Therefore, the affected individuals generally have normal skin color. However, the gene GPR143 is involved in the intracellular signaling of the retina and hence mutations will affect their vision.

Ocular Albinism Picture

Hereditary

In most cases, ocular albinism is inherited as an X-linked recessive genetic condition. X-linked genetic disorders are as a result of an abnormal gene on the X-chromosome in carrier females and affected males. The females are carriers because they have the disease on one of their two X chromosomes and, therefore, two copies of the GPR143 gene. When one is affected, the other compensates. Also, usually half of the cells in their eyes will have the normal X chromosome activated resulting in normal vision.

The males only have one X chromosome and, therefore, one copy of the GPR143 gene. They develop the disease if they inherit the chromosome with the diseased gene from their mothers.

If affected, women may only have mild changes in retinal pigmentation that may be detected during an eye examination. When they have more significant signs and symptoms of ocular albinism type 1, it may be due to one of the following

  • A phenomenon called skewed X-chromosome inactivation
  • Inheriting two mutated copies of the GPR143 gene
  • Having partial deletion of the X chromosome.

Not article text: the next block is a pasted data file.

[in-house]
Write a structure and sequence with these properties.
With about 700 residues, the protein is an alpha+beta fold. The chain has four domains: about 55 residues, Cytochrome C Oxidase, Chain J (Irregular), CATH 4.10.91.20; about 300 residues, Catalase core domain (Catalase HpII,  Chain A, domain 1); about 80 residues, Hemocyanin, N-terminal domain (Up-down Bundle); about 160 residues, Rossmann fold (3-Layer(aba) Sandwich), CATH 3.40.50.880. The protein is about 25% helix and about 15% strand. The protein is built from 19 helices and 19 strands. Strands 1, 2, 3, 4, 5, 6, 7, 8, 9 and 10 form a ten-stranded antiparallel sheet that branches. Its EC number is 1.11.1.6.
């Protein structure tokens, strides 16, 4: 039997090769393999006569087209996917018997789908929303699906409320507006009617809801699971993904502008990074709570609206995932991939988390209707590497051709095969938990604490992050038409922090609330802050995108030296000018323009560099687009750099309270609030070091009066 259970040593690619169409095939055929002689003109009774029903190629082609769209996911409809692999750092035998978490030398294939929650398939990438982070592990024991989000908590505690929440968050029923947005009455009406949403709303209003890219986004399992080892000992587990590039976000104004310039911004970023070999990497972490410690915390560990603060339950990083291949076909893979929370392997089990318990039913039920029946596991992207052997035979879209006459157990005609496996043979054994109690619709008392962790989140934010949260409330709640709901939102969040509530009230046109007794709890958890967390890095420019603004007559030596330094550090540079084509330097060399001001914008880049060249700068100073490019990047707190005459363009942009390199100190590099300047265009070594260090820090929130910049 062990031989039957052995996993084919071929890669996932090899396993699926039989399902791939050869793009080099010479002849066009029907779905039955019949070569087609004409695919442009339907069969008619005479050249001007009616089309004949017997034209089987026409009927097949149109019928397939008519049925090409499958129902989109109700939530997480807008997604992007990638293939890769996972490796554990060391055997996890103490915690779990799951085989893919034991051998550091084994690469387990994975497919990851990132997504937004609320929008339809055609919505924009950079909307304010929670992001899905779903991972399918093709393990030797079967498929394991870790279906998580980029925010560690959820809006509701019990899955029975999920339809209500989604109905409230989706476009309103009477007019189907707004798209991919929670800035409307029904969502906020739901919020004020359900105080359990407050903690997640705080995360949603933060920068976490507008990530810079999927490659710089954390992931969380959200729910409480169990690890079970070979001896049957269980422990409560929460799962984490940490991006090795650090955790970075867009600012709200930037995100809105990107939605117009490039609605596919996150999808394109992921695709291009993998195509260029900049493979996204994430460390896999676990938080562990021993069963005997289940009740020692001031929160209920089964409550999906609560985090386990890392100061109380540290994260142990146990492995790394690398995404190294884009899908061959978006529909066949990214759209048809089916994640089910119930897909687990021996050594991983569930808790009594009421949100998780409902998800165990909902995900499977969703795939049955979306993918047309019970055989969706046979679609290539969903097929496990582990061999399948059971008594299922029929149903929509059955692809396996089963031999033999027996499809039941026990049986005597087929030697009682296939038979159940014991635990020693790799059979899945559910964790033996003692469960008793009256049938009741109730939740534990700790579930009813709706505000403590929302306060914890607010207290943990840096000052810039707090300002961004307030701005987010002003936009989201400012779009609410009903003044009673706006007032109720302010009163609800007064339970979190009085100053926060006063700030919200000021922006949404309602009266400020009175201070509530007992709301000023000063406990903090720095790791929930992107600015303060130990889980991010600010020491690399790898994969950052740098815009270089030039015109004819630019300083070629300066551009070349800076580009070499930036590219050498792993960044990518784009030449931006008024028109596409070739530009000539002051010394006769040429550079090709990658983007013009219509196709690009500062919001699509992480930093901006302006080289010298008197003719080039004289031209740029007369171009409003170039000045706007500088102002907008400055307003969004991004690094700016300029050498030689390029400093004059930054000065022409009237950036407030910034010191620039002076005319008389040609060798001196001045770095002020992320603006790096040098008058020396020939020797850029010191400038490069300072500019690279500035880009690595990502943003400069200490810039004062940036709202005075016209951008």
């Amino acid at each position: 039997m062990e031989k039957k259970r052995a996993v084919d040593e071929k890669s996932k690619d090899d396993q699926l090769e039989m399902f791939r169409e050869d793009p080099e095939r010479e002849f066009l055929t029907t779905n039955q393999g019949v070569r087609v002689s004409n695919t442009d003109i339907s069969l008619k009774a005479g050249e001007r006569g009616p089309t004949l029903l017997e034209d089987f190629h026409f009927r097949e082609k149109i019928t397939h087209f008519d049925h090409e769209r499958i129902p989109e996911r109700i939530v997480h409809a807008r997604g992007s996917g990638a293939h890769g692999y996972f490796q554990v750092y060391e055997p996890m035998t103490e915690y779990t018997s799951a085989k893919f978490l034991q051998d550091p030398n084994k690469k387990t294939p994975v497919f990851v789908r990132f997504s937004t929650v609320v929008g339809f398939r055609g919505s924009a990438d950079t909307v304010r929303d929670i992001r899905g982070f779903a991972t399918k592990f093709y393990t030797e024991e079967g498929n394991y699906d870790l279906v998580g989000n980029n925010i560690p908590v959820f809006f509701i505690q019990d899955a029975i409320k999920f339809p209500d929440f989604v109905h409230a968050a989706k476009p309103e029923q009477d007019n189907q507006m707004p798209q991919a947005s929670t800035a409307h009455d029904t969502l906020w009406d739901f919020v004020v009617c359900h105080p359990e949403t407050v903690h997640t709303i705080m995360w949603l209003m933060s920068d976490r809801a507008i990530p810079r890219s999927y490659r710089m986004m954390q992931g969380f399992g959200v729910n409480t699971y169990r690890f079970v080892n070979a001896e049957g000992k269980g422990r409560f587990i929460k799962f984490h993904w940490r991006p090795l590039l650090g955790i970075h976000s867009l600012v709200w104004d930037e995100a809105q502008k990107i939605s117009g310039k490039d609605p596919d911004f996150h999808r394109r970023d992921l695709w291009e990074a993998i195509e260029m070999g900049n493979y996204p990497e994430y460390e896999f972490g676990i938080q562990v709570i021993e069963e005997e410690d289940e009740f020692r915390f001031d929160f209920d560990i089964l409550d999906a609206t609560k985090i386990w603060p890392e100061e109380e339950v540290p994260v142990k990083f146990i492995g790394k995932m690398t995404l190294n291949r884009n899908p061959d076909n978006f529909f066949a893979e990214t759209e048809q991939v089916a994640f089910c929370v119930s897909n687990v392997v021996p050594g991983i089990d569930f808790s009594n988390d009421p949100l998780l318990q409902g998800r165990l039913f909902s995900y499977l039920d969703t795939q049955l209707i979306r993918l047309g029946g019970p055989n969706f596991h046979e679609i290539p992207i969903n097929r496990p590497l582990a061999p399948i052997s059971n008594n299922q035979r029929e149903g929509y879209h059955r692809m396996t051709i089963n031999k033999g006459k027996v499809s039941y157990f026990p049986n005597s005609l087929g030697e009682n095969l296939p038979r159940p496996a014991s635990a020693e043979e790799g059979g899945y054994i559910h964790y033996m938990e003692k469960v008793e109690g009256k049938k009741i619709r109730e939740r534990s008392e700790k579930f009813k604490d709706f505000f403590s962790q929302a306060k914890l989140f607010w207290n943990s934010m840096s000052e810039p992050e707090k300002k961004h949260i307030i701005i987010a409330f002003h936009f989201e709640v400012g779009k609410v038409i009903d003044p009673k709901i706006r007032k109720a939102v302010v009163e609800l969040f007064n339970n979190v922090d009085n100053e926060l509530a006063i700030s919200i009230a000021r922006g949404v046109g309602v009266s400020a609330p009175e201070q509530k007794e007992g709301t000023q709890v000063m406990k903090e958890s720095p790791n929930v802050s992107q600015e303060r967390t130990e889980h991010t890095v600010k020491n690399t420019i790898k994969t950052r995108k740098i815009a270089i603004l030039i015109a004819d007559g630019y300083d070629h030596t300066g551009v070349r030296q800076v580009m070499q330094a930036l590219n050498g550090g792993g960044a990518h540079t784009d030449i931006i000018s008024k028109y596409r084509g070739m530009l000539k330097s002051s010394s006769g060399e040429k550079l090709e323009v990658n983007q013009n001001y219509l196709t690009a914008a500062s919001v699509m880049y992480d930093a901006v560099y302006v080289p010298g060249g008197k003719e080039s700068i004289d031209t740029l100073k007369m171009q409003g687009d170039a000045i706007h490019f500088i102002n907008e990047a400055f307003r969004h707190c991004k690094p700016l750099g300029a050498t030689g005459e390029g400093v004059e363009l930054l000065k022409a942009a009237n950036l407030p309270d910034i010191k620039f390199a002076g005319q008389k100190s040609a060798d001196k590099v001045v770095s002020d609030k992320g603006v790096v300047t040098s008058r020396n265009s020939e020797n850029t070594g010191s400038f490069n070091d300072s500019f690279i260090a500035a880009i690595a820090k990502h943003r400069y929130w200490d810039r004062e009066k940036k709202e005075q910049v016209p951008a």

Males with the X-linked gene disorder also pass it to all of their daughters but not to their sons. This is because men only pass the Y chromosome to their sons. On the other hand, females with the same disorder have a 25% chance to pass it to either their sons or daughters respectively.

Prevalence

One male in 20,000 births is reported to have the condition.

Signs & Symptoms

Ocular albinism affects the pigment formation in the eyes and presents with vision problems including:

Nystagmus

  • Which is the involuntary movement of the eyes back and forth. According to statistics provided by HPO, this occurs in 80%-99% of the cases. Congenital motor nystagmus is a genetic condition has been seen in several different Chinese families. Affected males do not have additional changes typical in individuals with X-linked ocular albinism, for example, reduction in retinal pigmentation. Female carriers are however, unaffected.

Foveal hypoplasia

Where the fovea fails to develop resulting in blurred vision is also recorded to be in 30%-79% of the cases.

Others

  • Hypopigmentation- presented as reduced iris and retinal pigmentation.
  • Strabismus- which is observed as crossed eyes is also common with similar prevalence as foveal hypoplasia.